Mould In Your Home Could Cause Parkinson’s Symptoms

Mould

Mould causes Parkinson’s symptoms. Click to enlarge. Picture is copyright.

A compound emitted by mould that grows on walls in damp homes may be linked to the symptoms of Parkinson’s disease, according to new research published this week.

Scientists have found that the mould compound – popularly known as mushroom alcohol – has the potential to damage dopamine, the chemical released by nerve cells to send messages to other nerve cells in the brain, and so cause Parkinson’s symptoms.

Fruit flies have revealed a connection between mould alcohol and the malfunction of two genes involved in the packaging and transport of dopamine, according to scientists at Rutgers and Emory universities in the US who made the discovery.

Arati Inamdar. Picture courtesy Rutgers.

Arati Inamdar. Picture courtesy Rutgers.

Parkinson’s has been linked to exposure to environmental toxins, but the toxins were man-made chemicals,” said Arati Inamdar, a researcher in the School of Environmental and Biological Sciences at Rutgers.

The findings were published online on Monday 11 November 2013 in the Proceedings of the National Academy of Sciences.“In this paper, we show that biologic compounds have the potential to damage dopamine and cause Parkinson’s symptoms,” explained Inamdar

Joan Bennett. Picture courtesy Rutgers.

Joan Bennett. Picture courtesy Rutgers.

For co-author Joan Bennett, also from Rutgers, and an expert in fungi, the research was more than academic. Bennett had been working at Tulane University in New Orleans when Hurricane Katrina struck the Gulf Coast in 2005. Her flooded house became infested with moulds, which she collected in samples, wearing a mask, gloves and protective gear.

I felt horrible – headaches, dizziness, nausea,” said Bennett, now a professor of plant pathology and biology at Rutgers. “I knew something about ‘sick building syndrome’ but until then I didn’t believe in it. I didn’t think it would be possible to breathe in enough mould spores to get sick.” That is when she formed her hypothesis that volatile chemicals might be involved, implicating mould alcohol.

Inamdar, who uses fruit flies in her research, and Bennett began their study shortly after Bennett arrived at Rutgers. Bennett wanted to understand the connection between moulds and symptoms like those she had experienced following Katrina.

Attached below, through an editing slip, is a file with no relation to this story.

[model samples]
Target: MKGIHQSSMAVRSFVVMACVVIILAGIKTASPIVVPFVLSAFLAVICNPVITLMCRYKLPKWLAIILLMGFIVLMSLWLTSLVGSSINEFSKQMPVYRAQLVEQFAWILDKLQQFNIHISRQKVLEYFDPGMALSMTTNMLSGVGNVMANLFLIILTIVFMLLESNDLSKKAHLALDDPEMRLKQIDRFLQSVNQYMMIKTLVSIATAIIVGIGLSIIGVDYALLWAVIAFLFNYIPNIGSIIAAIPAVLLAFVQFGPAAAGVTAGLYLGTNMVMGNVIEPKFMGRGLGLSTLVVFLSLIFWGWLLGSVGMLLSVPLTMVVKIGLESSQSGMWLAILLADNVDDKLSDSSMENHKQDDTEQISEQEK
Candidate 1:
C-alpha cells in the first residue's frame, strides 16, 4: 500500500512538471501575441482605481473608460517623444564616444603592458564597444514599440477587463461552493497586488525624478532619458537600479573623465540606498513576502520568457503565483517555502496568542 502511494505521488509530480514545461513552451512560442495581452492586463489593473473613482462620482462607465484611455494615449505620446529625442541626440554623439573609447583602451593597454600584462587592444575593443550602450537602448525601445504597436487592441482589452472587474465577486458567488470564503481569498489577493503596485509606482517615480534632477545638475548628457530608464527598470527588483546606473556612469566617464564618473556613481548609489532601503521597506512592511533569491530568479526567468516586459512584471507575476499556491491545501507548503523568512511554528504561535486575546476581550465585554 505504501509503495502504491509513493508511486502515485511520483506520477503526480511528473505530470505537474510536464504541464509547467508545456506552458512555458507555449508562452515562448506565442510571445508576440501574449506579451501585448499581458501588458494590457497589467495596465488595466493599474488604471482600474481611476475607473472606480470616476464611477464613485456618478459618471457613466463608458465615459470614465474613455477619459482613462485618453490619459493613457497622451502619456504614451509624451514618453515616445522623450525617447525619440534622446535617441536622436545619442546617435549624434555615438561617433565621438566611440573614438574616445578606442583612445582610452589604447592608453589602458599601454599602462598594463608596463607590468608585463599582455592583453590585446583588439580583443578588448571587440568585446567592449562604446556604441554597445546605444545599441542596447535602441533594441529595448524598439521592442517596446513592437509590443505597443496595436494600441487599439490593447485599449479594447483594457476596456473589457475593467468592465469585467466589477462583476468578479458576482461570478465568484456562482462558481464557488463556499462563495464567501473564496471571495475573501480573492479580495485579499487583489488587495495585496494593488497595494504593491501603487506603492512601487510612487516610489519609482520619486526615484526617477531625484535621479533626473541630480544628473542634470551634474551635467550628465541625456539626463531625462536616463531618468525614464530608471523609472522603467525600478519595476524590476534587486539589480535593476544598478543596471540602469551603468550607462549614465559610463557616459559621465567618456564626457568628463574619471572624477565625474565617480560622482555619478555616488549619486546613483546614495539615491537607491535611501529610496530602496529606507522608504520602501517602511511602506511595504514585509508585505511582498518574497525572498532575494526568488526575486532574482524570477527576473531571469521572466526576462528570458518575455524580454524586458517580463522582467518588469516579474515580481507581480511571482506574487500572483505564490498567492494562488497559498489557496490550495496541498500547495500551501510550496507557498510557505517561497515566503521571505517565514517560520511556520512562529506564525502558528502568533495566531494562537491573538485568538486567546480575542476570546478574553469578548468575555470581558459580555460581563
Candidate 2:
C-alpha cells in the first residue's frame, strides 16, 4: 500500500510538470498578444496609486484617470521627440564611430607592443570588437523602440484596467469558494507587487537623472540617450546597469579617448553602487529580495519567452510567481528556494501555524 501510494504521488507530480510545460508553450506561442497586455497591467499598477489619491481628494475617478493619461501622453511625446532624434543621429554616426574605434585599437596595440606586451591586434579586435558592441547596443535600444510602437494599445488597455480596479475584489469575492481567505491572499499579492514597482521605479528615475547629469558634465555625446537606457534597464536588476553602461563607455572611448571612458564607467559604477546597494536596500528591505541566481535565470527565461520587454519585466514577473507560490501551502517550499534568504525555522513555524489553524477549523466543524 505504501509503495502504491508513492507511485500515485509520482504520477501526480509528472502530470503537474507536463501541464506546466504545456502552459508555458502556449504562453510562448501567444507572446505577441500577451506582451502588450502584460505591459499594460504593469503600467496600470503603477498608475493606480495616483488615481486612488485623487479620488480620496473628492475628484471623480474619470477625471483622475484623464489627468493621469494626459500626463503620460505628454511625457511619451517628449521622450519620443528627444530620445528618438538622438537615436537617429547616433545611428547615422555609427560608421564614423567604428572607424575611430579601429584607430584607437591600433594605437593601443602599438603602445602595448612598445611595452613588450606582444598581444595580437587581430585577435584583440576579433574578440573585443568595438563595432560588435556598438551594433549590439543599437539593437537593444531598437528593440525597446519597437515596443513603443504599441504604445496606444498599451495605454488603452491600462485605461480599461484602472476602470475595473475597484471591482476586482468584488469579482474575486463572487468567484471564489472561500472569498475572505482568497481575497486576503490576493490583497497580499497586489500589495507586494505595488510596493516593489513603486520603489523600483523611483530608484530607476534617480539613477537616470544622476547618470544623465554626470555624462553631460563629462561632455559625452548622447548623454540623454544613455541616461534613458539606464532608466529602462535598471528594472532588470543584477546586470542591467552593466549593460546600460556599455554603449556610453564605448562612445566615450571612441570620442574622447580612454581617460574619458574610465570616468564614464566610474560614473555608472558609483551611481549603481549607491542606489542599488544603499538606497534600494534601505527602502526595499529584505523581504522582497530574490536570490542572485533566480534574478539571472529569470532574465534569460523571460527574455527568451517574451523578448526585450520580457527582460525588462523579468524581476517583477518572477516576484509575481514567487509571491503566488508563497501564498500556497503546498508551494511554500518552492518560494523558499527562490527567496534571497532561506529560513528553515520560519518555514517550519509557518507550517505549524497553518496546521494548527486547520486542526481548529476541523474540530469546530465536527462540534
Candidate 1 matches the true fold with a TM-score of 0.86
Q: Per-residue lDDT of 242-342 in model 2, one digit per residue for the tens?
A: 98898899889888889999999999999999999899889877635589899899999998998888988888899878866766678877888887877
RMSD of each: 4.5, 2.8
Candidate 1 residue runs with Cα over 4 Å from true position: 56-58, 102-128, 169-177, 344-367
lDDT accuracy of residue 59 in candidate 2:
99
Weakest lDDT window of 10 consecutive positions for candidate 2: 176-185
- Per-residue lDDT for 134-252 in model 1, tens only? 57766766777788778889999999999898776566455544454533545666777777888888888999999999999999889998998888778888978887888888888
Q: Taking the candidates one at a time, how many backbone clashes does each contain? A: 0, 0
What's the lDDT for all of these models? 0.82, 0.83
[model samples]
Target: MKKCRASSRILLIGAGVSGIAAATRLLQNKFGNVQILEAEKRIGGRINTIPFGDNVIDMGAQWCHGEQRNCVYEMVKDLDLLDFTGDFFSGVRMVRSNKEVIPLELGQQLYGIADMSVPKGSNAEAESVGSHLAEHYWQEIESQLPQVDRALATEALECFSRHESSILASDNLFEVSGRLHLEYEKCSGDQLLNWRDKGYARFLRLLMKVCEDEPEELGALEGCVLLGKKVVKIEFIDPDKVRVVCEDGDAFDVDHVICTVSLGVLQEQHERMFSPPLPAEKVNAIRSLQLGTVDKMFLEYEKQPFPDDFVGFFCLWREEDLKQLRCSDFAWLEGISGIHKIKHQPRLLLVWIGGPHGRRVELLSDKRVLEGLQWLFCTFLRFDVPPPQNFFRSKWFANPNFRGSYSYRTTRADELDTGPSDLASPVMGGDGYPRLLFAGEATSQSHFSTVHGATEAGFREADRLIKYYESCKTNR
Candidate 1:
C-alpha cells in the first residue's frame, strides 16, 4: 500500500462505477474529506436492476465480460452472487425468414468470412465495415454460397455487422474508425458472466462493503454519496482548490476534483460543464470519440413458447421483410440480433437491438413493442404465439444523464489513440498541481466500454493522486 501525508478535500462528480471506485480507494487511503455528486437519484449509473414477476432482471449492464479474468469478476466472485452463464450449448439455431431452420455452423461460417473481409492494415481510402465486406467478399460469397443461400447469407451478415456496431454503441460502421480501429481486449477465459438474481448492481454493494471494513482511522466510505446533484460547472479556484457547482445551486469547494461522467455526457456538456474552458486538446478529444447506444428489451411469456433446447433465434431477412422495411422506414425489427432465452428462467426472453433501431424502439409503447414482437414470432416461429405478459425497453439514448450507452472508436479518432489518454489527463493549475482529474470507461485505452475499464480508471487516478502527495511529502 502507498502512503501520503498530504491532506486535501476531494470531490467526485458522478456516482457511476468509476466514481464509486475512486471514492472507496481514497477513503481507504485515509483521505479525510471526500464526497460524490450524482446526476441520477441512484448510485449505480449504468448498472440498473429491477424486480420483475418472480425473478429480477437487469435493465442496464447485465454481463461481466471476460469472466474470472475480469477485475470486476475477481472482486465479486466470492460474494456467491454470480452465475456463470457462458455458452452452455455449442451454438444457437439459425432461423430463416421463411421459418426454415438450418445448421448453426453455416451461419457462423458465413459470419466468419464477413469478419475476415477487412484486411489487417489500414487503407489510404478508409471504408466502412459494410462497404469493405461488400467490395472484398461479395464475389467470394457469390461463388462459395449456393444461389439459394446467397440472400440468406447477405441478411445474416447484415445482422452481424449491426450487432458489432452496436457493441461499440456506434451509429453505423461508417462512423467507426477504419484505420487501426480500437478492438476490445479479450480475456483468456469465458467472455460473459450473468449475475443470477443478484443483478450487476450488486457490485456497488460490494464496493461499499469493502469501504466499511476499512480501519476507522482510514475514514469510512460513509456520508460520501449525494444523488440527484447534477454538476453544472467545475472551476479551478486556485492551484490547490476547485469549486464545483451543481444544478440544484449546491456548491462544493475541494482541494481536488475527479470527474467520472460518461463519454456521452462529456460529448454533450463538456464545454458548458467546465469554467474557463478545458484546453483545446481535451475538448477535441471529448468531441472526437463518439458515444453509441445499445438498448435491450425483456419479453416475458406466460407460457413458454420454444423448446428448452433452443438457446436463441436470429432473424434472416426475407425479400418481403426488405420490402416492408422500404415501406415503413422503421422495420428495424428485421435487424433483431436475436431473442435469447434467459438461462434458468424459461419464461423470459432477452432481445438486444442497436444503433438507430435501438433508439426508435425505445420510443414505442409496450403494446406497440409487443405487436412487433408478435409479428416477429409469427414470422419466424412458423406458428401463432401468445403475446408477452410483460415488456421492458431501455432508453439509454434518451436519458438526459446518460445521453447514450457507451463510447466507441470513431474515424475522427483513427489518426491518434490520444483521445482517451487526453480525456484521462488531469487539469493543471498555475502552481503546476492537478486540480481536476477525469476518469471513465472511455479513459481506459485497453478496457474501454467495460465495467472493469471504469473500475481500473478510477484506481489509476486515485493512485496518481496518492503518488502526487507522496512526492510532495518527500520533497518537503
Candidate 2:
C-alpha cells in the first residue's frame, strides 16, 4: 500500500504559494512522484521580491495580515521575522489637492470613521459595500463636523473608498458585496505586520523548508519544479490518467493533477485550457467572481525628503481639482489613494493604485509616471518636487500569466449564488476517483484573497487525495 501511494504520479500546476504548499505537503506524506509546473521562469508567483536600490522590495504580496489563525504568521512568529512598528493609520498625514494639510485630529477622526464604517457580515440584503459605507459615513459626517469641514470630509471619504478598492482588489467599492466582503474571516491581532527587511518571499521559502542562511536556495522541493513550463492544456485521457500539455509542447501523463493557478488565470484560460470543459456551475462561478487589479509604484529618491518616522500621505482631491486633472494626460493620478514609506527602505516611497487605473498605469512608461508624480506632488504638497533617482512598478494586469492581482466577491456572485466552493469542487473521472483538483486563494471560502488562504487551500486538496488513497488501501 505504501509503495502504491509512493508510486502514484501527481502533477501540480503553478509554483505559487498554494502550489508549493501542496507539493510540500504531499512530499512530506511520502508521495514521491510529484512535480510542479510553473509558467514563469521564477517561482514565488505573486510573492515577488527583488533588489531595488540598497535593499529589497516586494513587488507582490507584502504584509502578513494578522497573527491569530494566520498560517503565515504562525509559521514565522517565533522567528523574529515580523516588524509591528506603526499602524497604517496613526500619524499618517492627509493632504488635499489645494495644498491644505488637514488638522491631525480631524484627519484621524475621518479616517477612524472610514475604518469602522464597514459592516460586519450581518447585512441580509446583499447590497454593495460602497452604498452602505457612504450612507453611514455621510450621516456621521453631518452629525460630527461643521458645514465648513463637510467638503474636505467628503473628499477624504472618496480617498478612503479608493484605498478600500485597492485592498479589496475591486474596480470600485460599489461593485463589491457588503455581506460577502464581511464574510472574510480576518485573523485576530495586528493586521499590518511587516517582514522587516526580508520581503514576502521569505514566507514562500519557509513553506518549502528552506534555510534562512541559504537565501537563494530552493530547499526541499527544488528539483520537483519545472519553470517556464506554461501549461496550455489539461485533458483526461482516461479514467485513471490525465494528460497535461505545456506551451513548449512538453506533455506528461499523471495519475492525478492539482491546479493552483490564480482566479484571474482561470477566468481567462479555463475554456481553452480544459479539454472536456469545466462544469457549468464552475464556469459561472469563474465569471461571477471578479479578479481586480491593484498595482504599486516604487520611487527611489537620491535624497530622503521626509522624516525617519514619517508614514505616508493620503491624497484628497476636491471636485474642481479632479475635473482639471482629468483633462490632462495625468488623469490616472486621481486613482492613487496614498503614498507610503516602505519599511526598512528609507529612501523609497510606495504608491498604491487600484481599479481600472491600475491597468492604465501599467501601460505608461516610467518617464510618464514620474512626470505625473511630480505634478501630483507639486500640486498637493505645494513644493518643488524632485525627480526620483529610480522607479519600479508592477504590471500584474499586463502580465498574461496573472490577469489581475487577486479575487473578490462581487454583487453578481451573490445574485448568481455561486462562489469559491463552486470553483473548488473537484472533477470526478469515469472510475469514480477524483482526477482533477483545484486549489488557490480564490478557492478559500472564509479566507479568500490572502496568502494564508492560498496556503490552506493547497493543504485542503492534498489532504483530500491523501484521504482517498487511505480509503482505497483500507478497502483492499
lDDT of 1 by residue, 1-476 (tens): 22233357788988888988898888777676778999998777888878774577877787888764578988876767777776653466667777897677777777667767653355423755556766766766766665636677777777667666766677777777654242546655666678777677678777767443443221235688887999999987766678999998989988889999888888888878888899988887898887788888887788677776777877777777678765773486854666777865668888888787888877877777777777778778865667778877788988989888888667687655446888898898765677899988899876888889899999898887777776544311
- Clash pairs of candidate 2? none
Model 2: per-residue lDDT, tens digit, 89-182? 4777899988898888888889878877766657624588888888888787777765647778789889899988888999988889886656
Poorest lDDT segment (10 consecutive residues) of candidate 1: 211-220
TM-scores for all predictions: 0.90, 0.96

The scientists discovered that the volatile organic compound 1-octen-3-ol, otherwise known as mushroom alcohol, can cause movement disorders in flies, similar to those observed in the presence of pesticides, such as paraquat and rotenone. Further, they discovered that it attacked two genes that deal with dopamine, degenerating the neurons and causing the Parkinson’s-like symptoms.

Studies indicate that Parkinson’s disease – a progressive disease of the nervous system marked by tremor, muscular rigidity and slow, imprecise movement – is increasing in rural areas, where it’s usually attributed to pesticide exposure. But rural environments also have a lot of mould and mushroom exposure.

Our work suggests that 1-octen-3-ol might also be connected to the disease, particularly for people with a genetic susceptibility to it,” Inamdar said. “We’ve given the epidemiologists some new avenues to explore.”

Bennett, also associate vice president for the promotion of women in science, engineering and mathematics at Rutgers, and Inamdar were joined by co-author Muhammad Hossein and Jason Richardson from Robert Wood Johnson Medical School, and Alison Bernstein and Gary Miller of Emory University.

The study was funded by Rutgers and the National Institutes of Health.

Abstract from research paper:

Parkinson disease (PD) is the most common movement disorder and, although the exact causes are unknown, recent epidemiological and experimental studies indicate that several environmental agents may be significant risk factors. To date, these suspected environmental risk factors have been man-made chemicals. In this report, we demonstrate via genetic, biochemical, and immunological studies that the common volatile fungal semiochemical 1-octen-3-ol reduces dopamine levels and causes dopamine neuron degeneration in Drosophila melanogaster. Overexpression of the vesicular monoamine transporter (VMAT) rescued the dopamine toxicity and neurodegeneration, whereas mutations decreasing VMAT and tyrosine hydroxylase exacerbated toxicity. Furthermore, 1-octen-3-ol also inhibited uptake of dopamine in human cell lines expressing the human plasma membrane dopamine transporter (DAT) and human VMAT ortholog, VMAT2. These data demonstrate that 1-octen-3-ol exerts toxicity via disruption of dopamine homeostasis and may represent a naturally occurring environmental agent involved in parkinsonism.

Citation:

Fungal-derived semiochemical 1-octen-3-ol disrupts dopamine packaging and causes neurodegeneration” by Arati A. Inamdar, Muhammad M. Hossain, Alison I. Bernstein, Gary W. Miller, Jason R. Richardson, and Joan Wennstrom Bennett. PNAS, November 2013 doi:10.1073/pnas.1318830110

Read abstract and get paper here.

Source: This  story is based on materials courtesy Rutgers University here.

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